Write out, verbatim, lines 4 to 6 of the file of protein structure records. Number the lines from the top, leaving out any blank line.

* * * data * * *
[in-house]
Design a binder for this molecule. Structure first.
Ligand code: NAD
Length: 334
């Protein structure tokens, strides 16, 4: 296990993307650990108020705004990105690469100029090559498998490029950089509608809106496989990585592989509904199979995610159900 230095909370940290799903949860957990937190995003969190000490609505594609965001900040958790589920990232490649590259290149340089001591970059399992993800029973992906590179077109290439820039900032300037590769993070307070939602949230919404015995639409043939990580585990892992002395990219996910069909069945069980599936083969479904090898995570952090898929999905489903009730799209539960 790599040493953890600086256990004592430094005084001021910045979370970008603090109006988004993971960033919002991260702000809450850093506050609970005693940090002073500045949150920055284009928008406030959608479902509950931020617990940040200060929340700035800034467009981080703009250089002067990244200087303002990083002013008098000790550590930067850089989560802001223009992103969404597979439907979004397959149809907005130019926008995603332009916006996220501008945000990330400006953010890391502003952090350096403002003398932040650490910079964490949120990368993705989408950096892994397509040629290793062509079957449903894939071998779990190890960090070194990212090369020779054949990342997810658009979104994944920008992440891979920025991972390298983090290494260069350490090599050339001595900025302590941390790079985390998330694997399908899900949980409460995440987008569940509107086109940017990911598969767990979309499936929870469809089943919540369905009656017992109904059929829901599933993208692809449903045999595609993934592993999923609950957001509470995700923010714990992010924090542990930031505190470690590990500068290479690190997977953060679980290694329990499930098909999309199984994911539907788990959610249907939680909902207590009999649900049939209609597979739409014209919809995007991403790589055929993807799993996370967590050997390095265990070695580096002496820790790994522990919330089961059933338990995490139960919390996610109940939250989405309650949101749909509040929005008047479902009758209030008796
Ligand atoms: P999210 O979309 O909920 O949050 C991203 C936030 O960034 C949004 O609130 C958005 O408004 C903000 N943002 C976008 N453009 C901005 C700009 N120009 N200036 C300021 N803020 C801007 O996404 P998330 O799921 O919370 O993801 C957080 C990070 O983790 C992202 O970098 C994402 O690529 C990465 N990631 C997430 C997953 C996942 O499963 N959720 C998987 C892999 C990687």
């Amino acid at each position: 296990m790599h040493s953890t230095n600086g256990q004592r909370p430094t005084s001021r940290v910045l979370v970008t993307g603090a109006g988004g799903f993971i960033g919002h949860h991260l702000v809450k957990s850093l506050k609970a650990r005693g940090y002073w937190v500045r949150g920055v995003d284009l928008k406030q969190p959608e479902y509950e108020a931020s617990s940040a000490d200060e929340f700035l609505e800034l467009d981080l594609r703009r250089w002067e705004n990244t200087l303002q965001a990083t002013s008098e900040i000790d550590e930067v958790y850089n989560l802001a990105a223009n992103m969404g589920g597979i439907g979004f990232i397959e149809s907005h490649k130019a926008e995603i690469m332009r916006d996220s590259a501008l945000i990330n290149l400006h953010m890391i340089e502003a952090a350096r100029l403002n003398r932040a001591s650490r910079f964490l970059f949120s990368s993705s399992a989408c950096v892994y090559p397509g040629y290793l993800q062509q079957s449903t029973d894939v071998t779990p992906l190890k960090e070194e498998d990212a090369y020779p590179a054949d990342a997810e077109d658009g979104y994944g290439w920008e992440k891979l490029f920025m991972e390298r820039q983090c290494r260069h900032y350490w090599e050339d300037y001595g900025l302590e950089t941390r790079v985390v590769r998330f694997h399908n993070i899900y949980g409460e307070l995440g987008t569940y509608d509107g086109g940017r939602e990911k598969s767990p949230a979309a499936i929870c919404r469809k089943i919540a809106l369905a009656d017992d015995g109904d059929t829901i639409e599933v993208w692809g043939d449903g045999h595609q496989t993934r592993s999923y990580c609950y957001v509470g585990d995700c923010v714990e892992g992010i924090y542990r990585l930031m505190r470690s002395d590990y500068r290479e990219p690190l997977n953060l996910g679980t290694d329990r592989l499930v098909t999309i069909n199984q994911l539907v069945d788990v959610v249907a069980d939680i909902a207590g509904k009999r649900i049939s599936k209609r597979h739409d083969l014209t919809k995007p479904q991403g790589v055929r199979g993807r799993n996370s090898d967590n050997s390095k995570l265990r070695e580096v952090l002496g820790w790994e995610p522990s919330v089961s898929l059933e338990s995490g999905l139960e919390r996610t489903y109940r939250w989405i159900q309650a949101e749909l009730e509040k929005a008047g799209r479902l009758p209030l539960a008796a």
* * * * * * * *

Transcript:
Length: 334
């Protein structure tokens, strides 16, 4: 296990993307650990108020705004990105690469100029090559498998490029950089509608809106496989990585592989509904199979995610159900 230095909370940290799903949860957990937190995003969190000490609505594609965001900040958790589920990232490649590259290149340089001591970059399992993800029973992906590179077109290439820039900032300037590769993070307070939602949230919404015995639409043939990580585990892992002395990219996910069909069945069980599936083969479904090898995570952090898929999905489903009730799209539960 790599040493953890600086256990004592430094005084001021910045979370970008603090109006988004993971960033919002991260702000809450850093506050609970005693940090002073500045949150920055284009928008406030959608479902509950931020617990940040200060929340700035800034467009981080703009250089002067990244200087303002990083002013008098000790550590930067850089989560802001223009992103969404597979439907979004397959149809907005130019926008995603332009916006996220501008945000990330400006953010890391502003952090350096403002003398932040650490910079964490949120990368993705989408950096892994397509040629290793062509079957449903894939071998779990190890960090070194990212090369020779054949990342997810658009979104994944920008992440891979920025991972390298983090290494260069350490090599050339001595900025302590941390790079985390998330694997399908899900949980409460995440987008569940509107086109940017990911598969767990979309499936929870469809089943919540369905009656017992109904059929829901599933993208692809449903045999595609993934592993999923609950957001509470995700923010714990992010924090542990930031505190470690590990500068290479690190997977953060679980290694329990499930098909999309199984994911539907788990959610249907939680909902207590009999649900049939209609597979739409014209919809995007991403790589055929993807799993996370967590050997390095265990070695580096002496820790790994522990919330089961059933338990995490139960919390996610109940939250989405309650949101749909509040929005008047479902009758209030008796
Ligand atoms: P999210 O979309 O909920 O949050 C991203 C936030 O960034 C949004 O609130 C958005 O408004 C903000 N943002 C976008 N453009 C901005 C700009 N120009 N200036 C300021 N803020 C801007 O996404 P998330 O799921 O919370 O993801 C957080 C990070 O983790 C992202 O970098 C994402 O690529 C990465 N990631 C997430 C997953 C996942 O499963 N959720 C998987 C892999 C990687």